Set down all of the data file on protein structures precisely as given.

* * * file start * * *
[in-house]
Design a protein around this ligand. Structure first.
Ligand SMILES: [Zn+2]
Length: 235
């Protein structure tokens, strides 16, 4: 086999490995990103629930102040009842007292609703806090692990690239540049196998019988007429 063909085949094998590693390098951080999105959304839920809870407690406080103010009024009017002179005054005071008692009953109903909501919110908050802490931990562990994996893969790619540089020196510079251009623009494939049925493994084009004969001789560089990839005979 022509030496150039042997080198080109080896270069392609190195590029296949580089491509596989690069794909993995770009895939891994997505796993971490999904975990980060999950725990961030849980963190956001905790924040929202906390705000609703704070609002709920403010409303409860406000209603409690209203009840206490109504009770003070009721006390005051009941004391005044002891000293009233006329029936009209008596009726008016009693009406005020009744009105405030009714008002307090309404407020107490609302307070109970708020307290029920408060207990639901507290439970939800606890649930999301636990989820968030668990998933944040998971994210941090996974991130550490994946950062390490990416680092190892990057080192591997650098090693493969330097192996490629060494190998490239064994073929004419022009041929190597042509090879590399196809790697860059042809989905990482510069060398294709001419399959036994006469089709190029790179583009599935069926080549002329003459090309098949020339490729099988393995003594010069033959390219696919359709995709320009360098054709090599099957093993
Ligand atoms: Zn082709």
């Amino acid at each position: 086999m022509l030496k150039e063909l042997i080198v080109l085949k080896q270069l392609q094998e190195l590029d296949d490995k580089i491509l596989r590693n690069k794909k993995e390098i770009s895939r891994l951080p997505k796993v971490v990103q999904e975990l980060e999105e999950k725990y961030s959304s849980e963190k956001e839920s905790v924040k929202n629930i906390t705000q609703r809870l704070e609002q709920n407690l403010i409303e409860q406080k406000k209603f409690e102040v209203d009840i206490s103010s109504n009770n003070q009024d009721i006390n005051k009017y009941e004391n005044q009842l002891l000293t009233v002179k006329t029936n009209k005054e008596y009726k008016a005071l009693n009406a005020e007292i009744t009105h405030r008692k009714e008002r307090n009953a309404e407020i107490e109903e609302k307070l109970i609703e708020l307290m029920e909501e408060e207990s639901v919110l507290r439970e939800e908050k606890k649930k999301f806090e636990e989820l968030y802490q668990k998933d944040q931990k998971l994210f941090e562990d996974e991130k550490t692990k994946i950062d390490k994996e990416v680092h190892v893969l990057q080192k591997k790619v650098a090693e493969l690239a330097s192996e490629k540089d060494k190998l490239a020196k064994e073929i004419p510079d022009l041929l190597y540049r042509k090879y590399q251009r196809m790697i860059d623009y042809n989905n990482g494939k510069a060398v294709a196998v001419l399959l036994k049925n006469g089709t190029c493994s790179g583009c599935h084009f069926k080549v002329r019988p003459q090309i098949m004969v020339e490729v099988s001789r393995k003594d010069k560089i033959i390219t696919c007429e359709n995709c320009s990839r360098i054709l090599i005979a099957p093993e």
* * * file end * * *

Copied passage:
[in-house]
Design a protein around this ligand. Structure first.
Ligand SMILES: [Zn+2]
Length: 235
């Protein structure tokens, strides 16, 4: 086999490995990103629930102040009842007292609703806090692990690239540049196998019988007429 063909085949094998590693390098951080999105959304839920809870407690406080103010009024009017002179005054005071008692009953109903909501919110908050802490931990562990994996893969790619540089020196510079251009623009494939049925493994084009004969001789560089990839005979 022509030496150039042997080198080109080896270069392609190195590029296949580089491509596989690069794909993995770009895939891994997505796993971490999904975990980060999950725990961030849980963190956001905790924040929202906390705000609703704070609002709920403010409303409860406000209603409690209203009840206490109504009770003070009721006390005051009941004391005044002891000293009233006329029936009209008596009726008016009693009406005020009744009105405030009714008002307090309404407020107490609302307070109970708020307290029920408060207990639901507290439970939800606890649930999301636990989820968030668990998933944040998971994210941090996974991130550490994946950062390490990416680092190892990057080192591997650098090693493969330097192996490629060494190998490239064994073929004419022009041929190597042509090879590399196809790697860059042809989905990482510069060398294709001419399959036994006469089709190029790179583009599935069926080549002329003459090309098949020339490729099988393995003594010069033959390219696919359709995709320009360098054709090599099957093993
Ligand atoms: Zn082709």
């Amino acid at each position: 086999m022509l030496k150039e063909l042997i080198v080109l085949k080896q270069l392609q094998e190195l590029d296949d490995k580089i491509l596989r590693n690069k794909k993995e390098i770009s895939r891994l951080p997505k796993v971490v990103q999904e975990l980060e999105e999950k725990y961030s959304s849980e963190k956001e839920s905790v924040k929202n629930i906390t705000q609703r809870l704070e609002q709920n407690l403010i409303e409860q406080k406000k209603f409690e102040v209203d009840i206490s103010s109504n009770n003070q009024d009721i006390n005051k009017y009941e004391n005044q009842l002891l000293t009233v002179k006329t029936n009209k005054e008596y009726k008016a005071l009693n009406a005020e007292i009744t009105h405030r008692k009714e008002r307090n009953a309404e407020i107490e109903e609302k307070l109970i609703e708020l307290m029920e909501e408060e207990s639901v919110l507290r439970e939800e908050k606890k649930k999301f806090e636990e989820l968030y802490q668990k998933d944040q931990k998971l994210f941090e562990d996974e991130k550490t692990k994946i950062d390490k994996e990416v680092h190892v893969l990057q080192k591997k790619v650098a090693e493969l690239a330097s192996e490629k540089d060494k190998l490239a020196k064994e073929i004419p510079d022009l041929l190597y540049r042509k090879y590399q251009r196809m790697i860059d623009y042809n989905n990482g494939k510069a060398v294709a196998v001419l399959l036994k049925n006469g089709t190029c493994s790179g583009c599935h084009f069926k080549v002329r019988p003459q090309i098949m004969v020339e490729v099988s001789r393995k003594d010069k560089i033959i390219t696919c007429e359709n995709c320009s990839r360098i054709l090599i005979a099957p093993e």